Forget the outgoing President’s lame, reality-defying farewell speech, and Dick Cheney’s last-ditch attempts to claim that the administration in which he served as Vice President never engaged in torture. The Bush era came to an end last Wednesday when, in one short interview, Susan J. Crawford, the senior Pentagon official overseeing the Military Commissions at Guantánamo — the novel system of trials for terror suspects that was conceived in the wake of the 9/11 attacks — condemned the Bush administration’s “War on Terror” detention policies, and paved the way for criminal proceedings against senior administration officials, more acutely than anyone had managed before her.
January 19, 2009, Washington, DC
As we continue to try and make visible the men who are in Guantanamo, over 110 people from around the country will end the nine-day Fast for Justice, and Witness Against Torture will begin the 100 Days Campaign. Those who have come to DC to participate in the fast will gather in McPherson Square at 7am today, share a simple meal, and then head into the inauguration crowds with our jumpsuits, hoods, leaflets and signs.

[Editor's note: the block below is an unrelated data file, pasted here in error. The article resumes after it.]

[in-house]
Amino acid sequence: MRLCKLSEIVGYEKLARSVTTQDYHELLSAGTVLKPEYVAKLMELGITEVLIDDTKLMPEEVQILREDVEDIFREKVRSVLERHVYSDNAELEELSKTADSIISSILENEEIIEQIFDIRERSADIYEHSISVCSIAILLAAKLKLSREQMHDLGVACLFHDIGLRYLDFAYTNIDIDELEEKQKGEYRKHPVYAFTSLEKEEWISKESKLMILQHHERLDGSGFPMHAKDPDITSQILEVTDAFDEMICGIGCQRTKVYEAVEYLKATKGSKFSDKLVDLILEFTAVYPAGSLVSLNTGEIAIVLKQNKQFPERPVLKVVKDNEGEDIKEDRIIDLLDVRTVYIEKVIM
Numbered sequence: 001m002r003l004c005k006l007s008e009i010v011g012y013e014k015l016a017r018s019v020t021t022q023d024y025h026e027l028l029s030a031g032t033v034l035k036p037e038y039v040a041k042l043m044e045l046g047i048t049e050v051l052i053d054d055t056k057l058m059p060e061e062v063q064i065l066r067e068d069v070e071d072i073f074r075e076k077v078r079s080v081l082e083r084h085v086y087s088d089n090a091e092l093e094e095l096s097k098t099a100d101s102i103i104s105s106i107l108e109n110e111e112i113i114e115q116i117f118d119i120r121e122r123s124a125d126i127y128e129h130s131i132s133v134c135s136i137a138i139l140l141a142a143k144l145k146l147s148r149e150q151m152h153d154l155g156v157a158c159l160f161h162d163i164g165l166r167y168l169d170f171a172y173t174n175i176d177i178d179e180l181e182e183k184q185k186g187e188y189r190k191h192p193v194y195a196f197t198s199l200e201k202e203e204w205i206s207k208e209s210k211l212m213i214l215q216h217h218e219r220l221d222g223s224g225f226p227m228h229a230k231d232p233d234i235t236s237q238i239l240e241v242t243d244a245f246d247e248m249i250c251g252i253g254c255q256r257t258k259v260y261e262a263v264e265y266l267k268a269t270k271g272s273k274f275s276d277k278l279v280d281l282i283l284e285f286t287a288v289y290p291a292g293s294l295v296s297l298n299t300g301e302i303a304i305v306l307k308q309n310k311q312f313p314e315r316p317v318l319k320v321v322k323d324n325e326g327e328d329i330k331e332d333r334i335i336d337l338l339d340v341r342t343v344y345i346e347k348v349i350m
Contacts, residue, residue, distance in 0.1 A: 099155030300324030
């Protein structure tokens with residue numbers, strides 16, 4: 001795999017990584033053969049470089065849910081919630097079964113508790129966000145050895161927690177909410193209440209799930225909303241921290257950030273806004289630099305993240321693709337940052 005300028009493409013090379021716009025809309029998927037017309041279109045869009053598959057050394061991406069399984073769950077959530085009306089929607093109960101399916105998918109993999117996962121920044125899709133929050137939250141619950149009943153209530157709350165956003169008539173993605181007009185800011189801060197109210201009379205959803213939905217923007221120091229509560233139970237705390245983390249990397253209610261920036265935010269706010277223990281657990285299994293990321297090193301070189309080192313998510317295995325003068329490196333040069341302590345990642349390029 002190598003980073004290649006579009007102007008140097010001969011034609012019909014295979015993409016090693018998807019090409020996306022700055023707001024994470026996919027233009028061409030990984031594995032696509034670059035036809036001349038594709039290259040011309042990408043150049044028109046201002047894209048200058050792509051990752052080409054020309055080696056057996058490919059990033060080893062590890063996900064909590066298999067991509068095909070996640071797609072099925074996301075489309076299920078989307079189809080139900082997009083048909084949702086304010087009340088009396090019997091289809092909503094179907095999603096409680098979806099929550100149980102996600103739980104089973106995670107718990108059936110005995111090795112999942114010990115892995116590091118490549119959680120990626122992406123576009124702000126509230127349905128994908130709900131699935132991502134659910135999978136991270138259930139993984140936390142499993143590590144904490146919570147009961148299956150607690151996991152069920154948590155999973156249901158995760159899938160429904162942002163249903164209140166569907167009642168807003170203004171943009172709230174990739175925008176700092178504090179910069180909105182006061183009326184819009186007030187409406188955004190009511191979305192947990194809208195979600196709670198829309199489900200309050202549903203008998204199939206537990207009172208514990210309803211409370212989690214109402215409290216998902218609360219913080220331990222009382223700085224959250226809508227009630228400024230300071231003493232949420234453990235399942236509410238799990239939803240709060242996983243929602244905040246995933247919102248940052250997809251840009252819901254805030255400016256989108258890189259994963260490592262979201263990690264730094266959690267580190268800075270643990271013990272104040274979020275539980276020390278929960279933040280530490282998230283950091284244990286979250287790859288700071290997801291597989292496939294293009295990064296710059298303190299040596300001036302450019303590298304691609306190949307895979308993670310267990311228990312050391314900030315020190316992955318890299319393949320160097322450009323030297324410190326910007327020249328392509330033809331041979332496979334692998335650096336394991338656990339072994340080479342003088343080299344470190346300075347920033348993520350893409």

On Sunday, eight of us in DC joined the throngs of people going to the Inaugural concert on the Mall. Rather than sporting Obama tee shirts, flags and posters, seven of us wore orange jumpsuits and black hoods and one wore a "Shut Guantanamo" tee shirt. The reception from the celebratory crowd was quite positive, and one of the photos from our presence ended up on an AP article about Guantanamo: http://www.commondreams.org/headline/2009/01/19-7
January 17, 2009
As we end day 7 of our fast, we have heard from others around the country who have been joining us for a day, for a few days, or for the duration. There is a great spirit here amongst the fasters in DC, and we have managed to be a noticeable presence around the city, something we hope to continue as the fast nears its end and the 100 Days Campaign begins.
Our daily vigil the last two days took us from DuPont Circle to the White House. For video of today’s presence, click here: http://www.100dayscampaign.org/node/231
and for a photo that appeared on the CNN political ticker, click here: LINK.